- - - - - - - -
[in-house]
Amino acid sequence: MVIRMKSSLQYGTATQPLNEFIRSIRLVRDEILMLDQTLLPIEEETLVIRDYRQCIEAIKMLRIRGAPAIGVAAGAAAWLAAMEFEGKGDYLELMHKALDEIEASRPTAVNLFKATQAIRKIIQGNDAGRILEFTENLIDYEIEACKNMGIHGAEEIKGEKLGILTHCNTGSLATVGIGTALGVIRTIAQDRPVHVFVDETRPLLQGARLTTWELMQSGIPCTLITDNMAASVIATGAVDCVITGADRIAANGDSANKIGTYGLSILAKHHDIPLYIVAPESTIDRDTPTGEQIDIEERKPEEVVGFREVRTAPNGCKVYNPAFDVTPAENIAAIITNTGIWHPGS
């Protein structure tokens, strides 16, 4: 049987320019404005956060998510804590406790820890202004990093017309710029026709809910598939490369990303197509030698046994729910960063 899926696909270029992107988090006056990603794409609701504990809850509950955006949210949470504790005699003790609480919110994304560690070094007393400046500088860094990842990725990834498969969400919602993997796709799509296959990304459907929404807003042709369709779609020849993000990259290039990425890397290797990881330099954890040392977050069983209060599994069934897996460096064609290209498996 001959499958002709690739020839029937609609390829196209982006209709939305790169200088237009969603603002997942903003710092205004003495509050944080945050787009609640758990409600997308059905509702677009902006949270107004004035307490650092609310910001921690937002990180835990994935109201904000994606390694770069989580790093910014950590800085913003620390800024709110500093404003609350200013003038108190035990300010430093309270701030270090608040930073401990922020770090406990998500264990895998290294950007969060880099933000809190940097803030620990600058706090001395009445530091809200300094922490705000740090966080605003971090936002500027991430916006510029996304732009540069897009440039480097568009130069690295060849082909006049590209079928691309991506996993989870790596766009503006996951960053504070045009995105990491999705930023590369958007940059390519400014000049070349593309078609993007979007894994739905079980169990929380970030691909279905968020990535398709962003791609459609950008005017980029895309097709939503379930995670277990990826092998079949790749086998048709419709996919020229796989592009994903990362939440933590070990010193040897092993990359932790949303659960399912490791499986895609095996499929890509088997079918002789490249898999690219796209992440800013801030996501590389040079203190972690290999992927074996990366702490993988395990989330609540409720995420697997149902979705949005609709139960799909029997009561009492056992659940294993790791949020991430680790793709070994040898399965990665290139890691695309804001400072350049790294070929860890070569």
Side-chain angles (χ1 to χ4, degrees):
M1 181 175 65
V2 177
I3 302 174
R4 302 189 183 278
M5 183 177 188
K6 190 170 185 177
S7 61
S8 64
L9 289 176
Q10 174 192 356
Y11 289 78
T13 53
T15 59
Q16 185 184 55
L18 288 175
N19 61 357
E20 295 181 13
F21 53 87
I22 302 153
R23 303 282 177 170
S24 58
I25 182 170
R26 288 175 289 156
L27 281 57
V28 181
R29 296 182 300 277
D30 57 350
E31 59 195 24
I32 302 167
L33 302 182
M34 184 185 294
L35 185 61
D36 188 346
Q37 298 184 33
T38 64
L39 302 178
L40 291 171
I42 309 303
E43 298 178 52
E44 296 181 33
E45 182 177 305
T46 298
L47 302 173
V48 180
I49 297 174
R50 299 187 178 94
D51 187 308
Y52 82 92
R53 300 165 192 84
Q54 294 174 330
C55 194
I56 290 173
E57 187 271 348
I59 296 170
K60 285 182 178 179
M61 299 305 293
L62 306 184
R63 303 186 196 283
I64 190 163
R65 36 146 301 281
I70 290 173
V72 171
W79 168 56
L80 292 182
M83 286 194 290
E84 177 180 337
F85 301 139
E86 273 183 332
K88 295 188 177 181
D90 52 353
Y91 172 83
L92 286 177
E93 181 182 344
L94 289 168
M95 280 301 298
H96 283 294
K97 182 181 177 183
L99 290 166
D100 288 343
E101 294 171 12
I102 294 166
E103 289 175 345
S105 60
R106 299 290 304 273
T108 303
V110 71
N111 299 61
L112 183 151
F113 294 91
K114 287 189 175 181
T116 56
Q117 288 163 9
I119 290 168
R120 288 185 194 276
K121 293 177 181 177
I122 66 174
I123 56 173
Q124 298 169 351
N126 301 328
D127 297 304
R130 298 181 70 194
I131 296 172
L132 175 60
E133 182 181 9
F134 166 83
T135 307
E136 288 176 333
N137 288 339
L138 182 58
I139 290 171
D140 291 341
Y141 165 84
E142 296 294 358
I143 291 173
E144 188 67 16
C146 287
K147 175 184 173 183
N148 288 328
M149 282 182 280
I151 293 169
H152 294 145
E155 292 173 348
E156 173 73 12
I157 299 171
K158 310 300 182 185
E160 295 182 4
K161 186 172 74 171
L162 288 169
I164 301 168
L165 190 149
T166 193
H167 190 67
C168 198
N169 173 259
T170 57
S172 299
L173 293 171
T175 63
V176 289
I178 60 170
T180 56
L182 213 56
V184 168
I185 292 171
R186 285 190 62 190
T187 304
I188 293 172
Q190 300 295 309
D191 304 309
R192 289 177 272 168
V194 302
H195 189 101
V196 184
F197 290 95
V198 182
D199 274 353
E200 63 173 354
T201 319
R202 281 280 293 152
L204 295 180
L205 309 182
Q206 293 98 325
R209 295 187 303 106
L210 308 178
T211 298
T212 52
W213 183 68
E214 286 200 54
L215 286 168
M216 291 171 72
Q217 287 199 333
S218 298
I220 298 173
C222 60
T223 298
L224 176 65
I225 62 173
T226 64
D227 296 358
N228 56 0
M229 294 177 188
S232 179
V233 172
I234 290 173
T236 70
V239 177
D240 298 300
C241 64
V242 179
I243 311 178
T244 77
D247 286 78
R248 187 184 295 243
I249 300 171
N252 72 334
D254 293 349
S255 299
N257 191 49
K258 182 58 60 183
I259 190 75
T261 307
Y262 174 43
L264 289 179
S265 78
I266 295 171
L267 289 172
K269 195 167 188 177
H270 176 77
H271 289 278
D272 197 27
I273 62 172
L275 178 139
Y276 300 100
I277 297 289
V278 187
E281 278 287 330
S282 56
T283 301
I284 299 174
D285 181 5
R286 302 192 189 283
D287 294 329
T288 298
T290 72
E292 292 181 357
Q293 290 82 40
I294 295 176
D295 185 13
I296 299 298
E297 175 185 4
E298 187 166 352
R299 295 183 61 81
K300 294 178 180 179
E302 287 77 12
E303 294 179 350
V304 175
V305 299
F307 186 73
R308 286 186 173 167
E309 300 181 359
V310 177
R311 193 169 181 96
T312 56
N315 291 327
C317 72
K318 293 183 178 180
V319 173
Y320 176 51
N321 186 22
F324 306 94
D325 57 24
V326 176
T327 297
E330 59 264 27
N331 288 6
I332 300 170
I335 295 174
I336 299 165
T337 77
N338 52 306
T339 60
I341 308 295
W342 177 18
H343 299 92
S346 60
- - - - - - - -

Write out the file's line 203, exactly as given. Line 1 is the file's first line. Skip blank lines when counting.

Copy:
K258 182 58 60 183